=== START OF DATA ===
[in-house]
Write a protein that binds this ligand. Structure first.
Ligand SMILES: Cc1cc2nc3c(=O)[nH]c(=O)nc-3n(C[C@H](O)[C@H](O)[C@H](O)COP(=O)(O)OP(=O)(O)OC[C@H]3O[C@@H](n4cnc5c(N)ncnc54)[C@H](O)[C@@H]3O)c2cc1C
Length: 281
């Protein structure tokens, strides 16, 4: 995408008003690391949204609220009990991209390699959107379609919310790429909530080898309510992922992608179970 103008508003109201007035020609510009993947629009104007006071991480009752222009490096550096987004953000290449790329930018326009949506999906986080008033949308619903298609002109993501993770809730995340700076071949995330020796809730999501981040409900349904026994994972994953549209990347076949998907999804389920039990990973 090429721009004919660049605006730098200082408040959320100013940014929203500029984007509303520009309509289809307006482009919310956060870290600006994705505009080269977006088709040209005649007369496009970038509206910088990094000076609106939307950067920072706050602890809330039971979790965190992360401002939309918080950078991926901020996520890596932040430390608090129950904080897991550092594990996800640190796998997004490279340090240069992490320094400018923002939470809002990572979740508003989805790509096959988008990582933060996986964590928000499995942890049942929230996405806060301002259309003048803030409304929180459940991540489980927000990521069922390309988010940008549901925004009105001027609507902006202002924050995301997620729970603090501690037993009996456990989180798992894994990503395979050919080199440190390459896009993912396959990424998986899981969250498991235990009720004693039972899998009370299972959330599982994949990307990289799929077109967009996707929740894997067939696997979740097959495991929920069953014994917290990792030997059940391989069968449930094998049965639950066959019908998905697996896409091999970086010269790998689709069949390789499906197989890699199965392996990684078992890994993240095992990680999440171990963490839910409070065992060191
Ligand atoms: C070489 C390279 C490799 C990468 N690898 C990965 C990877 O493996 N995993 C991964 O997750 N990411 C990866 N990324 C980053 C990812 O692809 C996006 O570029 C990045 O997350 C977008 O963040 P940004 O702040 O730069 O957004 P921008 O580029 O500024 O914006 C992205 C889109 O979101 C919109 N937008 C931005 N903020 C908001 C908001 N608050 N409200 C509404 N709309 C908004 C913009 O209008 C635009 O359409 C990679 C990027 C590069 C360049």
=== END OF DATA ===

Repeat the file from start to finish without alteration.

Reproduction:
[in-house]
Write a protein that binds this ligand. Structure first.
Ligand SMILES: Cc1cc2nc3c(=O)[nH]c(=O)nc-3n(C[C@H](O)[C@H](O)[C@H](O)COP(=O)(O)OP(=O)(O)OC[C@H]3O[C@@H](n4cnc5c(N)ncnc54)[C@H](O)[C@@H]3O)c2cc1C
Length: 281
């Protein structure tokens, strides 16, 4: 995408008003690391949204609220009990991209390699959107379609919310790429909530080898309510992922992608179970 103008508003109201007035020609510009993947629009104007006071991480009752222009490096550096987004953000290449790329930018326009949506999906986080008033949308619903298609002109993501993770809730995340700076071949995330020796809730999501981040409900349904026994994972994953549209990347076949998907999804389920039990990973 090429721009004919660049605006730098200082408040959320100013940014929203500029984007509303520009309509289809307006482009919310956060870290600006994705505009080269977006088709040209005649007369496009970038509206910088990094000076609106939307950067920072706050602890809330039971979790965190992360401002939309918080950078991926901020996520890596932040430390608090129950904080897991550092594990996800640190796998997004490279340090240069992490320094400018923002939470809002990572979740508003989805790509096959988008990582933060996986964590928000499995942890049942929230996405806060301002259309003048803030409304929180459940991540489980927000990521069922390309988010940008549901925004009105001027609507902006202002924050995301997620729970603090501690037993009996456990989180798992894994990503395979050919080199440190390459896009993912396959990424998986899981969250498991235990009720004693039972899998009370299972959330599982994949990307990289799929077109967009996707929740894997067939696997979740097959495991929920069953014994917290990792030997059940391989069968449930094998049965639950066959019908998905697996896409091999970086010269790998689709069949390789499906197989890699199965392996990684078992890994993240095992990680999440171990963490839910409070065992060191
Ligand atoms: C070489 C390279 C490799 C990468 N690898 C990965 C990877 O493996 N995993 C991964 O997750 N990411 C990866 N990324 C980053 C990812 O692809 C996006 O570029 C990045 O997350 C977008 O963040 P940004 O702040 O730069 O957004 P921008 O580029 O500024 O914006 C992205 C889109 O979101 C919109 N937008 C931005 N903020 C908001 C908001 N608050 N409200 C509404 N709309 C908004 C913009 O209008 C635009 O359409 C990679 C990027 C590069 C360049």